Picture of Lorenzo Zaniboni

Dott. Mag. Lorenzo Zaniboni

Technical University of Munich

Chair of Communications Engineering (Prof. Kramer)

Postal address

Postal:
Theresienstr. 90
80333 München

Biography

  • B.Sc. in Computer Science, Electronic and Communication Engineering (2014 - 2018), University of Parma, Italy
  • M.Sc. in Communication Engineering (2017 - 2020), University of Parma, Italy
  • Research Fellow Scholarship (Febraury 2021 - August 2021), University of Parma, Italy
  • PhD Student at TUM since September 2021

Teaching

  • Wireless Communication Laboratory (SS 2022)
  • Wireless Communication (WS 2022/2023)

Theses

Available Theses

Hierarchical Posterior Matching: An Overall Study

Keywords:
Posterior Matching, Feedback, RadCom

Description

The student has to read and understand the paper [1] and present a report in which he/she explains the main elements of the approach. The student has also to go into details about possible applications of the proposed approach.

If it is possible, try to find out alternative approaches with the respect of the proposed one and try to make a theoretical comparison.

 

[1] S. Chiu, N. Ronquillo and T. Javidi, "Active Learning and CSI Acquisition for mmWave Initial Alignment," in IEEE Journal on Selected Areas in Communications, vol. 37, no. 11, pp. 2474-2489, Nov. 2019, doi: 10.1109/JSAC.2019.2933967.

Supervisor:

Theses in Progress

Enhanced Nonlinear Time Domain Modelling of Advanced Integrated Analog Circuits

Keywords:
RF architectures, Mobile Communications, Digital Communications

Description

The student has to model one of the component of the Cellular transmitter-receiver Chain. The aim is to have a realistic time domain representation for levelplan simulation. Since the system is affected by nonlinearities, the implementatin has to take them into account. The programming language used for the modelling is MATLAB.

Supervisor:

Lorenzo Zaniboni - (Apple)

Intelligent Reflecting Surface -aided Beam Alignment for mmWave Communications

Keywords:
6G, Intelligent reflecting surface (IRS), mmWave beam alignment

Description

The future generation communication networks will be operated mainly at millimeter wave (mmWave) or even higher frequency bands in order to achieve high spectral efficiency as well as accurate localization/positioning, necessary for emerging autonomous applications. At such a high frequency bands, beamforming both at the transmitter and the receiver, or beam alignment (BA), is considered essential to compensate the high propagation and penetration loss. The design of BA achieving a good tradeoff between alignment accuracy and resource overhead has been extensively studied in the literature [1,2].  In particular, a number of recent works proposed to exploit some side information, such as location [3,4], database [5], or radar [6], at the base station side to speed up the initial acquisition time. 

Intelligent reflecting surface (IRS) consists of a large number of passive reflecting elements that can be easily controlled at a base station or access points to cooperatively beamform without the need of any radio-frequency (RF) chains. So far, a number of recent works showed that IRS can be used as an external fixed helper to increase the coverage, mitigate the interference of the network [7] and references therein). Due to its low cost together with the advanced, future user terminals can be also equipped with small IRS. This IRS-integrated device provides a new opportunity that we wish to exploit to speed up the BA protocol.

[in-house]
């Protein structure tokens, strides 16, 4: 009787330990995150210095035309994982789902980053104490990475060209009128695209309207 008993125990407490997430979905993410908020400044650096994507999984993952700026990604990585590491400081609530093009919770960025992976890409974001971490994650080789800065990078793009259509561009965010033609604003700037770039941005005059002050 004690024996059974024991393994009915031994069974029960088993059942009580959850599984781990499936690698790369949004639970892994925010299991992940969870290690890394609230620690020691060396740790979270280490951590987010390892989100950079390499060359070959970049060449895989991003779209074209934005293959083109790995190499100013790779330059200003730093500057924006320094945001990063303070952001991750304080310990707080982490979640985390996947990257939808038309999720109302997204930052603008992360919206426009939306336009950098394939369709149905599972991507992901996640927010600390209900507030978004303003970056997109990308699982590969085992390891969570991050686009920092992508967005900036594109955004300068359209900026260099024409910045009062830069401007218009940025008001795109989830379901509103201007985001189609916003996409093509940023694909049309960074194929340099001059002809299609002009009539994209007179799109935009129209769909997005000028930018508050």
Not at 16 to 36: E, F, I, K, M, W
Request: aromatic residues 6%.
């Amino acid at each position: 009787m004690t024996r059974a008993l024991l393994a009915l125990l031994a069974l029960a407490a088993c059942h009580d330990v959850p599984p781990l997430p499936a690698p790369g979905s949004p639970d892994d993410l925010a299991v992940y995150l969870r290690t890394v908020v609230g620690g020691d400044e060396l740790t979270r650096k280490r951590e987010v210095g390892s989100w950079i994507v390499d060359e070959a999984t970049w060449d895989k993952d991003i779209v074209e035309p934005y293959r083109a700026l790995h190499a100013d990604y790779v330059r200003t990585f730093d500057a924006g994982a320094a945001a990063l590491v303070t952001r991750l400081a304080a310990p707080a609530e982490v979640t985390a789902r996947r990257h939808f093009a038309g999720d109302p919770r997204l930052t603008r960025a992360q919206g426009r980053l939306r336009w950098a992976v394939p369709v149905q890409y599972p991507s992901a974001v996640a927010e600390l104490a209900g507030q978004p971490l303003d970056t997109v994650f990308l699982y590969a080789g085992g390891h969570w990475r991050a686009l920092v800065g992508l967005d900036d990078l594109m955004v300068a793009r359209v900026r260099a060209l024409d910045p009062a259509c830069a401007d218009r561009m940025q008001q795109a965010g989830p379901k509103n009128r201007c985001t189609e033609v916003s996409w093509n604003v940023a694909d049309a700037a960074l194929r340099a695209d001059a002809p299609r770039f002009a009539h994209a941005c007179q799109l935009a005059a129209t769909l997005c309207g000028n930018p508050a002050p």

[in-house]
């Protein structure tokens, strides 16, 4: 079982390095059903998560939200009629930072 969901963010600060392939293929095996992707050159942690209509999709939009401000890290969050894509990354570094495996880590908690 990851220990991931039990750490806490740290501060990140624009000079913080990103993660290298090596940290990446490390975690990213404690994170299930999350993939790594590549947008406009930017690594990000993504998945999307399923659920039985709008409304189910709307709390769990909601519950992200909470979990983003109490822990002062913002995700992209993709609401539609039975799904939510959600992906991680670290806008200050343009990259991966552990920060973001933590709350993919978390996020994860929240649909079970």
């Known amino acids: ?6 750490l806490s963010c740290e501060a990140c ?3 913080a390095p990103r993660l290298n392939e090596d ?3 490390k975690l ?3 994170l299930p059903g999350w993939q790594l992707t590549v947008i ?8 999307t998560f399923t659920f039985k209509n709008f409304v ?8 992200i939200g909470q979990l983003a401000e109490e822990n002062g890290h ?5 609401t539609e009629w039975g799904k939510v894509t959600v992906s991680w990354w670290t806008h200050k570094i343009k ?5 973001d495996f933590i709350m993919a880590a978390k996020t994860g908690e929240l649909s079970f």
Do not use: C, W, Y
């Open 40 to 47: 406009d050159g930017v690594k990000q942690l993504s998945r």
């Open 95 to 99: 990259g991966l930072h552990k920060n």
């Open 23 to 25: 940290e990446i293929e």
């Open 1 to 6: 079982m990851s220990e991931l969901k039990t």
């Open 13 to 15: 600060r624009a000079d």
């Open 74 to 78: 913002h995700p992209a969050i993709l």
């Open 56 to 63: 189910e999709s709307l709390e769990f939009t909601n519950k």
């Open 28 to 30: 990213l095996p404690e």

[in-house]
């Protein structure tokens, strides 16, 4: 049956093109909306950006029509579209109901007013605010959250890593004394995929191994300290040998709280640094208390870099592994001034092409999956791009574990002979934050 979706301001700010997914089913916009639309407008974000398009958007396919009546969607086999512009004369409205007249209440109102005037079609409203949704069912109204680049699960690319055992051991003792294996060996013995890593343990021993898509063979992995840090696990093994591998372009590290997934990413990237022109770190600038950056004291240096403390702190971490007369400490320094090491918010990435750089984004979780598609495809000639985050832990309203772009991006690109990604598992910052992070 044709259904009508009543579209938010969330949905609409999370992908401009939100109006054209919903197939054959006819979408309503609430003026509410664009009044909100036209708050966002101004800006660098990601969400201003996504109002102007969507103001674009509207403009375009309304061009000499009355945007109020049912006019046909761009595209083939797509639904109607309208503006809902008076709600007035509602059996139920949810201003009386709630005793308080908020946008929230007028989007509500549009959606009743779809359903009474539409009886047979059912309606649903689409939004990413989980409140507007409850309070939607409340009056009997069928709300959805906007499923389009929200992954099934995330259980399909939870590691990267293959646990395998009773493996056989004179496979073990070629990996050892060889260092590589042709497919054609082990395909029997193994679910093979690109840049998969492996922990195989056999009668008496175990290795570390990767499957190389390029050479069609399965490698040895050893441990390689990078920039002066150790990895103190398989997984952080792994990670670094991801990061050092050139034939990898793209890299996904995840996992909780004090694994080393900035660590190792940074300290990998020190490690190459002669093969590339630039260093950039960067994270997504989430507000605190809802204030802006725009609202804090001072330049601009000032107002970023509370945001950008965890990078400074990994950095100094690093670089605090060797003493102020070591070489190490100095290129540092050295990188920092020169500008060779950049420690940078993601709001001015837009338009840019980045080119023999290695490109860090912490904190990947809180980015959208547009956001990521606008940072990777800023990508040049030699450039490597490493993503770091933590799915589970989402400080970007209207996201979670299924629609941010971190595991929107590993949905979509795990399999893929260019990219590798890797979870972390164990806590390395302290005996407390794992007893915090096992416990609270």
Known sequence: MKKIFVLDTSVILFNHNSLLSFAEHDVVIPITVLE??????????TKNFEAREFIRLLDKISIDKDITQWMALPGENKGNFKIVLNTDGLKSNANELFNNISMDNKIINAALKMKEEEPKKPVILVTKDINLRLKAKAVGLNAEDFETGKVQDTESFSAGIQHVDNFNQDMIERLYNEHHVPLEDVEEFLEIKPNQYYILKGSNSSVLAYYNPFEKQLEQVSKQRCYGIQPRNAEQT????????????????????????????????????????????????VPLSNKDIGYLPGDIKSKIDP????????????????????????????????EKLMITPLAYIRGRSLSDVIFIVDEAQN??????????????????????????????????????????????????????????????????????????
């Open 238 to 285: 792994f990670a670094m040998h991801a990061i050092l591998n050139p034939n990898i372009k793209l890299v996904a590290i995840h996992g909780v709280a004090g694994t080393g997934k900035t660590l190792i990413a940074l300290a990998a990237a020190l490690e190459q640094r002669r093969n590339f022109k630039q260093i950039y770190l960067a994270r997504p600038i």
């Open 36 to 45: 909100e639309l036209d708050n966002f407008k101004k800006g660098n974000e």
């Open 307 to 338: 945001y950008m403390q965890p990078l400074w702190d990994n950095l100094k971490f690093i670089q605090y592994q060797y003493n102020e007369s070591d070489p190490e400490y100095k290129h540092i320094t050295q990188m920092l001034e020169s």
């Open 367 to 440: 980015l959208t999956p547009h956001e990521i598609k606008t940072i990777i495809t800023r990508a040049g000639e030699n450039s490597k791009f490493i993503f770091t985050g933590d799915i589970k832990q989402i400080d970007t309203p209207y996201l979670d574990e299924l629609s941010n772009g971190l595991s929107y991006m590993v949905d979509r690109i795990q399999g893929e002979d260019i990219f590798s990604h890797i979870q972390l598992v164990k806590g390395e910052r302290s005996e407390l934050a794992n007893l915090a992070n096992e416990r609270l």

In this mater thesis, we study IRS-aided BA and quantify how much the resource can be saved as a function of the IRS parameters. To this end, we aim to organize the work as follows:

  • Understand the basic of IRS and mmWave BA.
  • Study various types of IRS space-time (coding) functions to control passive reflecting elements [8].
  • Study the tradeoff between the alignment accuracy and the required resource. 

References

[1] X. Song, S. Haghighatshoar, and G. Caire, ``Efficient Beam Alignment for Millimeter Wave Single-Carrier Systems With Hybrid MIMO Transceivers," IEEE Trans. Wireless Commun., vol. 18, no. 3,pp. 1518-1533, 2019.

[2] S. Chiu, N. Ronquillo, and T. Javidi, ``Active Learning and CSI Acquisition for mmWave InitialAlignment," IEEE J. Sel. Areas Commun., vol. 37, no. 11, pp. 2474-2489, 2019.

[3] V. Va, T. Shimizu, G. Bansal, and R. W. Heath, ``Position-aided millimetre wave V2I beam alignment:A learning-to-rank approach," in 2017 IEEE 28th Annual International Symposium on Personal, Indoor, and Mobile Radio Communications (PIMRC). IEEE, 2017, pp. 1-5.

[4] A. U. Rahman and M. Biswal, ``Error-tolerant Beam Steering of mmWave Antennas by Trajectory Estimation of Highway Vehicles," in 2019 11th International Conference on Communication Systems Networks (COMSNETS), 2019, pp. 530-531.

[5] V. Va, J. Choi, T. Shimizu, G. Bansal, and R. W. Heath, ``Inverse multipath fingerprinting for millimeter wave V2I beam alignment," IEEE Trans. Veh. Technol., vol. 67, no. 5, pp. 4042-4058, 2018.

[6] Nuria Gonzalez-Prelcic, Roi Mendez-Rial, and Robert W. Heath, ``Radar aided beam alignment in mmwave V2I communications supporting antenna diversity," in Information Theory and Applications Workshop (ITA), 2016. IEEE, 2016, pp. 1-7.

[7] Qingqing Wu, Shown Zhang, Beixiong Zheng, Changsheng You, and Rui Zhang, ``Intelligent reflecting surface aided wireless communications: A tutorial," IEEE Trans. Wireless Commun., 2021.

[8] Lei Zhang et al., ``Space-time-coding digital metasurfaces,” Nature communications, vol. 9, no. 1, pp. 1-11, 2018.

Prerequisites

  • Solid background in signal processing and optimization.
  • Matlab programming skills.

Contact

Please address your application (academic records) to both  

Mari Kobayashi (mari.kobayashi@tum.de)

and

Bertram Gunzelmann (bgunzelmann@apple.com)

Supervisor:

Mari Kobayashi, Lorenzo Zaniboni - Bertram Gunzelmann (Apple)